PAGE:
The linear-evolution concept of art history, so popular in the 1950s and ’60s, went out the window in the 1970s and ’80s, when the modernist notion of artistic purity, refined and over-refined, simply became untenable. Postmodernist artists felt free to break the rules (especially with the introduction of new materials like plastics and fiberglass); they even felt free to look back into art history — formerly taboo — for inspiration.
Three Bay Area artists — Kerith Lisi, Brian Singer, and Hadley Williams — re-examine modernist abstract painting through a postmodernist and even conceptualist sensibility in Of Method and Material at Slate Contemporary Gallery in Oakland. They craft elegant, witty works from unusual materials — no oil paint on canvas — that look fresh and contemporary, but have a family resemblance to and could easily be exhibited along with paintings or assemblages by Mondrian, Klee, Albers, Lewitt, et al.
Kerith Lisi, who worked as a professional organizer for 15 years, was understandably amazed at the sheer amount of people’s “stuff,” to use George Carlin’s technical term, and inspired, she writes, by “the beauty of aging and wear … of old books, ephemera and found objects. … I am a little obsessive, and a lot introverted, and puzzling together collages out of found and discarded materials is how I process my thoughts.”
Her assemblages, which resemble painted geometric abstractions, are fashioned from fragments (mostly rectangular) of clothbound book covers, which she pieces together and mounts on board. The outer edges are slightly irregular, determined by the how the component parts fit together. The vibrant colors and syncopated rhythms of these modestly sized works make them inviting and ingenious homages to seeing and reading, and, in the digital age, perhaps bibliophilic nostalgia. “Mutual Embrace,” with its ‘woven’ blocks of stripes, suggests flags, and possibly greatly simplified landscapes. The paired trapezoidal forms of “Knit/Purl” suggest the corners of walls or fences, seen in perspective, while the triangular starburst forms of “Modern Dance,” which, with its illegible fragments of writing, harks back to cubist and futurist collages and paintings exalting the dynamism of modern life.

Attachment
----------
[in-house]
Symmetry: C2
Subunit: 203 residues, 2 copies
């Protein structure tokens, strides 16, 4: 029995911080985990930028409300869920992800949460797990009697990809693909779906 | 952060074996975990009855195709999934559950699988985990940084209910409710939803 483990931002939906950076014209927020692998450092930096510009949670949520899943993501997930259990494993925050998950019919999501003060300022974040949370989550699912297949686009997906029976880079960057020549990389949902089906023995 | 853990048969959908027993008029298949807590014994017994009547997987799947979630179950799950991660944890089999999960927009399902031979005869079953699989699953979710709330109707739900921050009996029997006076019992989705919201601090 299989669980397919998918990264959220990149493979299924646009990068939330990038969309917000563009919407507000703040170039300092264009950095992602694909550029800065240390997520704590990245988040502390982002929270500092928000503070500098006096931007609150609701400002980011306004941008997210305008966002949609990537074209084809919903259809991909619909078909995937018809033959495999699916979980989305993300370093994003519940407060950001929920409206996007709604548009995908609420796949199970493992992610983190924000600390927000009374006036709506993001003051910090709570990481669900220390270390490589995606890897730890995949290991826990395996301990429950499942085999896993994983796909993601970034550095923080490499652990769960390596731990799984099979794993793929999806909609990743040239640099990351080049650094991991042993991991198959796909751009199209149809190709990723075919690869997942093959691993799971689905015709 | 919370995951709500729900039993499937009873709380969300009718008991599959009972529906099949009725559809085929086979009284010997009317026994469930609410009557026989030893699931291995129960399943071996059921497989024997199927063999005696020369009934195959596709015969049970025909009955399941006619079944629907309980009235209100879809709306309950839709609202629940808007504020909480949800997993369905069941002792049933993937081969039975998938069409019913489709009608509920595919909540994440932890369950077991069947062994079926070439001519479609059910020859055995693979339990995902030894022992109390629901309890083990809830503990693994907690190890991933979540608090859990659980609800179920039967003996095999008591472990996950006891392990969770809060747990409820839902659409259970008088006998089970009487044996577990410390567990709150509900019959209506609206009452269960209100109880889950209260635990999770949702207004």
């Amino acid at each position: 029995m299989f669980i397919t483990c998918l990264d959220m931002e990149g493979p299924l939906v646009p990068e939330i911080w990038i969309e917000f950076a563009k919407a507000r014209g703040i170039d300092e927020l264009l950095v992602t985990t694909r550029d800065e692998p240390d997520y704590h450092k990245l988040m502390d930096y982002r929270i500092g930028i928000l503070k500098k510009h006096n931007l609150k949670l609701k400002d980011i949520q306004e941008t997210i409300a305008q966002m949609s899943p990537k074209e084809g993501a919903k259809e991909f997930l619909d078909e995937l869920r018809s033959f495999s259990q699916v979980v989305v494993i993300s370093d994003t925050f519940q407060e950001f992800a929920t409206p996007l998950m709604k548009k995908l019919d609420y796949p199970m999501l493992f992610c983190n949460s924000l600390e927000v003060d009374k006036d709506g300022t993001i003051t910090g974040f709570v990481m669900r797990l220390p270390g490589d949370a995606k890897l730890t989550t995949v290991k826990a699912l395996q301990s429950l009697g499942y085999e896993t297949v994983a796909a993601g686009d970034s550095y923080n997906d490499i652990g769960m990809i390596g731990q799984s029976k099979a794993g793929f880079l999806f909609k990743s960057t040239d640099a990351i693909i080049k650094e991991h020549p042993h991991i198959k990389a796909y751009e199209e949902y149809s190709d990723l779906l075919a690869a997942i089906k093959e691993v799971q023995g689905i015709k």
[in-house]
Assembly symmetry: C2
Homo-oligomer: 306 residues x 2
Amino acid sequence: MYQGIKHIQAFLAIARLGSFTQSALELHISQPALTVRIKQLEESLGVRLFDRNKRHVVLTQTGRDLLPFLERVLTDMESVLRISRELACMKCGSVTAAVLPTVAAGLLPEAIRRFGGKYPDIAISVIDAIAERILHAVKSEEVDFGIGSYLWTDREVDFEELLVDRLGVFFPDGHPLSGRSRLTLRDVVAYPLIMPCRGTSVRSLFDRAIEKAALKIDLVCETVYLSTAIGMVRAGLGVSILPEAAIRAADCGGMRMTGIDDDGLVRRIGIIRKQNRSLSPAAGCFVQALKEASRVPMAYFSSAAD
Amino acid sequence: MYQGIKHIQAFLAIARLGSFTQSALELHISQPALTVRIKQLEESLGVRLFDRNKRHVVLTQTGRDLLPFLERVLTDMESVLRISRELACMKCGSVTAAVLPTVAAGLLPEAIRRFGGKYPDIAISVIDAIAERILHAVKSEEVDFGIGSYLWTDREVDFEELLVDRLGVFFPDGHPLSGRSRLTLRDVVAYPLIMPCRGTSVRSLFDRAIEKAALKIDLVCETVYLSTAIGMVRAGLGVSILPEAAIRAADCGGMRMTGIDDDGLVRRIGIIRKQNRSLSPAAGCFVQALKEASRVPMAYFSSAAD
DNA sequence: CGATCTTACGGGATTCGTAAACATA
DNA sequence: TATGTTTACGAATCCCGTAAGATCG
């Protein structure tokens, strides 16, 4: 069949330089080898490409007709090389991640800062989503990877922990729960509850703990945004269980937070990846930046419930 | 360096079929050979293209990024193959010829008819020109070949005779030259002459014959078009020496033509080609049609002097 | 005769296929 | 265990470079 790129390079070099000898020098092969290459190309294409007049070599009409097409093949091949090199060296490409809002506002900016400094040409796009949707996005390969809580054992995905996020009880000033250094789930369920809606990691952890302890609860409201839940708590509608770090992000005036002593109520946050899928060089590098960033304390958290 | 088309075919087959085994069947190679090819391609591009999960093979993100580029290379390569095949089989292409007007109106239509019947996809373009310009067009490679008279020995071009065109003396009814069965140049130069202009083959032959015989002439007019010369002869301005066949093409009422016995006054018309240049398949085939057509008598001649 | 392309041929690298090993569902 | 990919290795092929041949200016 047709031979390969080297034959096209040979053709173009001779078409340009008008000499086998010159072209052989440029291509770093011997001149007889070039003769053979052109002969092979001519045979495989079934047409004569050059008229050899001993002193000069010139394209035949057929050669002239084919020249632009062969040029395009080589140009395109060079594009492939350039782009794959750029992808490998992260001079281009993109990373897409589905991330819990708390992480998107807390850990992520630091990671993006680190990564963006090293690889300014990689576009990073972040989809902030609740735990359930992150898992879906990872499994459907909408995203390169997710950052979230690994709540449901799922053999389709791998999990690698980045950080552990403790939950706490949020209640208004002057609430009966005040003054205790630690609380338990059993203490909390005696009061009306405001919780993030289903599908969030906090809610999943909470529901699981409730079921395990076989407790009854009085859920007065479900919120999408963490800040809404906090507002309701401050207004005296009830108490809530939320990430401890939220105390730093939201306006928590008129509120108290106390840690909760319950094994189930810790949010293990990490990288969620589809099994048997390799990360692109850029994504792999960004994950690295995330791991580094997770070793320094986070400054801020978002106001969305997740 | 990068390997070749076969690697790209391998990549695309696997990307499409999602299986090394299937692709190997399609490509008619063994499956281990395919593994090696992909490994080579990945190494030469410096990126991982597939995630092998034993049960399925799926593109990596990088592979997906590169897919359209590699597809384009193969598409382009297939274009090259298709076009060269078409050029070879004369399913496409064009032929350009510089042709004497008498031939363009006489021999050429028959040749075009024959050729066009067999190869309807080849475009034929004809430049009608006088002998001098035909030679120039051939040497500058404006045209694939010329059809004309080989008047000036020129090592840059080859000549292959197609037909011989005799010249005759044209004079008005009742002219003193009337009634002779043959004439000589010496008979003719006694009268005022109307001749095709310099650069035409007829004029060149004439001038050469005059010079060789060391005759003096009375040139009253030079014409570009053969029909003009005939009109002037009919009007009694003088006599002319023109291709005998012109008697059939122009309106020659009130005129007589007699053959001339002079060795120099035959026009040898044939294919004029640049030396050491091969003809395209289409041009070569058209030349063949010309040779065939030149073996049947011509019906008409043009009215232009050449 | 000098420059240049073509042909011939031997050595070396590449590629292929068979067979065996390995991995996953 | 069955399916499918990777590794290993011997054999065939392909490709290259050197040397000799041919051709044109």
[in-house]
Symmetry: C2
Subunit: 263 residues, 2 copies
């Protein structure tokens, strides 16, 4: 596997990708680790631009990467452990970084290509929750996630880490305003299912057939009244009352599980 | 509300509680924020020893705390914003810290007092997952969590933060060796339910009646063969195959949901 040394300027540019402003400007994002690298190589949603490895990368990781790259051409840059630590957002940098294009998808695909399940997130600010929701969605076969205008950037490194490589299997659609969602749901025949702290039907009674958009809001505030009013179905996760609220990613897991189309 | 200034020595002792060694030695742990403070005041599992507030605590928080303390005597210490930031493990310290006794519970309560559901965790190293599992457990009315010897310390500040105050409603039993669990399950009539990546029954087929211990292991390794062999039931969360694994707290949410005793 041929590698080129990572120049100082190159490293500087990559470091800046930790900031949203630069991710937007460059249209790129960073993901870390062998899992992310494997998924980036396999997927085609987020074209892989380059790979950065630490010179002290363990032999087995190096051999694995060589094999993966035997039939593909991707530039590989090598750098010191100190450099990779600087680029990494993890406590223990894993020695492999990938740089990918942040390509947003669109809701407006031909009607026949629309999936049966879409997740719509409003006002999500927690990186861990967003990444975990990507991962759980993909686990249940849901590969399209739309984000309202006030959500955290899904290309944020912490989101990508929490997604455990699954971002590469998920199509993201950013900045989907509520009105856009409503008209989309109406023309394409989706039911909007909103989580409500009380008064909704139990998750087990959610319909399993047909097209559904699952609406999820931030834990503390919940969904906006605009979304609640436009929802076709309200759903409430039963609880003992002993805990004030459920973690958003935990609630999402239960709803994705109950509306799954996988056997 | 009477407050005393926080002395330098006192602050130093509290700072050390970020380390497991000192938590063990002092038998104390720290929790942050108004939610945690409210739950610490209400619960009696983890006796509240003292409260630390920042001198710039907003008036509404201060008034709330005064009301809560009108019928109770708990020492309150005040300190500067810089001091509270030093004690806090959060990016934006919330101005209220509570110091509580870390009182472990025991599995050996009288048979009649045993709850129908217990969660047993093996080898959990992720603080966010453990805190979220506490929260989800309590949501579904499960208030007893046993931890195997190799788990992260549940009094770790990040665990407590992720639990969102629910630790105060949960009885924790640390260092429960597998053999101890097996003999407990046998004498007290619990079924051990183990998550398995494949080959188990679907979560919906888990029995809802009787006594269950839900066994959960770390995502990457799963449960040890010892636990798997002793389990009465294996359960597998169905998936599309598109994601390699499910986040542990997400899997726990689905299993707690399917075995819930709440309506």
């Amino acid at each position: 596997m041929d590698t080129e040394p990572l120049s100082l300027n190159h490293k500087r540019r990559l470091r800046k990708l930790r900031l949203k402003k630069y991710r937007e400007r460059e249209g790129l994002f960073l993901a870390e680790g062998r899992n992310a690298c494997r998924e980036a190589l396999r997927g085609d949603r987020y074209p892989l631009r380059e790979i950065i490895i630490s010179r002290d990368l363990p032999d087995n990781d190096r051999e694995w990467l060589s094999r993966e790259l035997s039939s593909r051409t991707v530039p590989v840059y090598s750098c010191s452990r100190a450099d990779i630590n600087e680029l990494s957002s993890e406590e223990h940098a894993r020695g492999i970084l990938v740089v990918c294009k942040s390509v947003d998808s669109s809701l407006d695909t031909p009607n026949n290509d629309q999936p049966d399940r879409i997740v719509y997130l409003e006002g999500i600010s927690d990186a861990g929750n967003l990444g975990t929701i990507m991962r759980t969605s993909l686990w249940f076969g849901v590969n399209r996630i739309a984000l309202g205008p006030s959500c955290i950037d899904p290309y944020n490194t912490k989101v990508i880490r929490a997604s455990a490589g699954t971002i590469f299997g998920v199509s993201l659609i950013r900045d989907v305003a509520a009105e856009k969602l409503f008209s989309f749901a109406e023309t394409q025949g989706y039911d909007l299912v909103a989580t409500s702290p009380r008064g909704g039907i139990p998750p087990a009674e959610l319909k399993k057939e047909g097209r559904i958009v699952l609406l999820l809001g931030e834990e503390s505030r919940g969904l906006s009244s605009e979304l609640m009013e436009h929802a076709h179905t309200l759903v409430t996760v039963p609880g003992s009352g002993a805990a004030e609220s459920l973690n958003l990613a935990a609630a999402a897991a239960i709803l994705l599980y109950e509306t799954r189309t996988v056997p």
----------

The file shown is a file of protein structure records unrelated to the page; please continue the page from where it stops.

Brian Singer also makes good use of discarded books in his “Transitions” series, three 24-inch square wooden panels to which are mounted rectangular blocks of glued-together pages of old paperbacks, with their tinted green red and yellow edges (in “Transitions #4,” “…#5,” and “…#6,” respectively) facing outward. Clearly, the artist has an ironic antiquarian streak, too, as his materials must be used-bookstore finds, some of them faded by time and sunlight, and now preserved and protected with acrylic ultraviolet varnish.
Singer takes advantage of time’s depredations, however, arranging the varying shades into light-to-dark gradients; the chiaroscuro effect gives these blocks of bound text an illusion of roundness and recession that suggest both woven basketry and the gleaming, polished gun barrels that so excited Fernand Léger in his post-World War I ‘Tubist’ period. Peek around the sides of Singer’s unreadable trompe-l’oeil abstractions, however, and you can make out columns of the printed, otherwise hidden text — still illegible, of course.
Hadley Williams does not forswear traditional art materials, since she employs acrylic, gouache, and graphite on canvas and paper, but she does not restrict herself to them, adding fabric, glue, thread and tape, along with found papers. Her small works, many a foot square or only slightly larger, marry geometric abstraction, minimalism, and the craft esthetic in engagingly diverse ways.
Several pieces present grids or matrices, imply both manuscripts and digital arrays, but add an extra dimension. “012318,” for example, is an array of nine perforated disks, each of which is composed of bricklike structures drawn in graphite on off-white vintage paper that have been cut in irregular triangular segments and then wedged together, like Romanesque-arch voussoirs. “121817” presents a god’s eye-view of irregular rectangular shapes (cut from vintage paper, again) that suggest buildings separated by alleys and streets; Williams’ pierced disk appears again, however, in concentric rings of hand-drawn dots that suggest a host of interpretations. The postminimailst “Circles XVIII” is a 12-by-12-inch canvas filled with 144 hand-painted, closely spaced and closely hued target forms, rendered in pale pastels, with the variations in shape and brushstroke lending the rigid geometry air and breath, light and life. “Green Circles” features dots of velvet sewn to the linen substrate, suggesting Braille code and falling-tile games. Finally, “Cylinders” makes brazen use of pasta — fusilli segments, I believe — that old warhorse and mainstay of grade-school art projects.
Through Feb. 23, Mon.-Fri. 10 a.m.-5 p.m., Sat. 12-5 p.m., Slate Contemporary Gallery, 475 25th St., Oakland, SlateArt.net